Saturday, 31 March 2012

Research: Brain Pathways

A network of hundreds of interconnected and microscopically identifiable areas in the human cerebral cortex controls cognition, perception, and behaviour. Each area covers up to 40 square cm (40cm x 40cm) of the cortical (outside layer of the brain) surface and consists of up to 750 million nerve cells. The architecture which is the spatial distribution, number, size, and shape of nerve cells and their processes varies between different cortical areas of the brain. Nerve cells are interconnected within each area and with other brain regions and the spinal cord via fibre tracts, synapses, transmitters, modulators, and receptors. This incredible structural complexity underlies the functional organisation in the cerebral cortex. 

The understanding of the driving forces and organizational principles of the human brain is a challenge by recent research suggests a unifying hierarchical and geometric rules behind the organizational details.



Surface area of the cerebral cortex is a highly heritable trait, yet little is known about genetic influences on regional cortical differentiation in humans. Using a data-driven, fuzzy clustering technique with magnetic resonance imaging data from 406 twins, we parceled cortical surface area into genetic subdivisions, creating a human brain atlas based solely on genetically informative data. Boundaries of the genetic divisions corresponded largely to meaningful structural and functional regions; however, the divisions represented previously undescribed phenotypes different from conventional (non–genetically based) parcellation systems. The genetic organization of cortical area was hierarchical, modular, and predominantly bilaterally symmetric across hemispheres. We also found that the results were consistent with human-specific regions being subdivisions of previously described, genetically based lobar regionalization patterns.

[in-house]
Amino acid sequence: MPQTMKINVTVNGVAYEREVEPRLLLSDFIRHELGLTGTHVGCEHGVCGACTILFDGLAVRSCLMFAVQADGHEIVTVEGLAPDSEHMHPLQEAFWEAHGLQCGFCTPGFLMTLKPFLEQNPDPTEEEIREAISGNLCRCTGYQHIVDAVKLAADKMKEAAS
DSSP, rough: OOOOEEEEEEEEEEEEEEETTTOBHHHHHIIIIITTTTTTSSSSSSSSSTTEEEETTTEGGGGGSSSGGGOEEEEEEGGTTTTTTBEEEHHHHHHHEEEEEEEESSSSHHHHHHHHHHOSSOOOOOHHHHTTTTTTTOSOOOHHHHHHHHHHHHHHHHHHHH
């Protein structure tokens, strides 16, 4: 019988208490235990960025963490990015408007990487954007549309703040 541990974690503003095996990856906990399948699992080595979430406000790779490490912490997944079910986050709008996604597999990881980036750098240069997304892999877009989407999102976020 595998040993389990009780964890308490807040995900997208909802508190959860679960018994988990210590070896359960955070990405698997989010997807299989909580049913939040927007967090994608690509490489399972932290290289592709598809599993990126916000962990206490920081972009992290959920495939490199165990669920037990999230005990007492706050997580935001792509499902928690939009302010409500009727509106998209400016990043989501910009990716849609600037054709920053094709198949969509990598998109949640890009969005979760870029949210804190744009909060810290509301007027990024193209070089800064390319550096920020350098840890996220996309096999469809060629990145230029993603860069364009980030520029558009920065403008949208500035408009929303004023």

The structure of the brain as a product of morphogenesis (growth) is difficult to reconcile with the observed complexity of cerebral connectivity (connections of nerves in a network). We therefore analyzed relationships of adjacency (next to) and crossing between cerebral (brain) fibre pathways in four nonhuman primate (four different monkeys) species and in humans by using diffusion magnetic resonance imaging. The cerebral fibre pathways formed a rectilinear three-dimensional grid continuous with the three principal axes of development. Cortico-cortical pathways (pathways to the outermost layers of the brain in the grey matter) formed parallel sheets of interwoven paths in the longitudinal (longways) and medio-lateral (middle and side) axes, in which major pathways were local condensations. Cross-species homology was strong (most of the the pathways were similar in the different animals) and showed emergence of complex connectivity by continuous elaboration of this grid structure. This architecture naturally supports functional spatio-temporal (spacial and time effects) coherence, developmental path-finding, and incremental rewiring with correlated adaptation of structure and function in cerebral plasticity and evolution.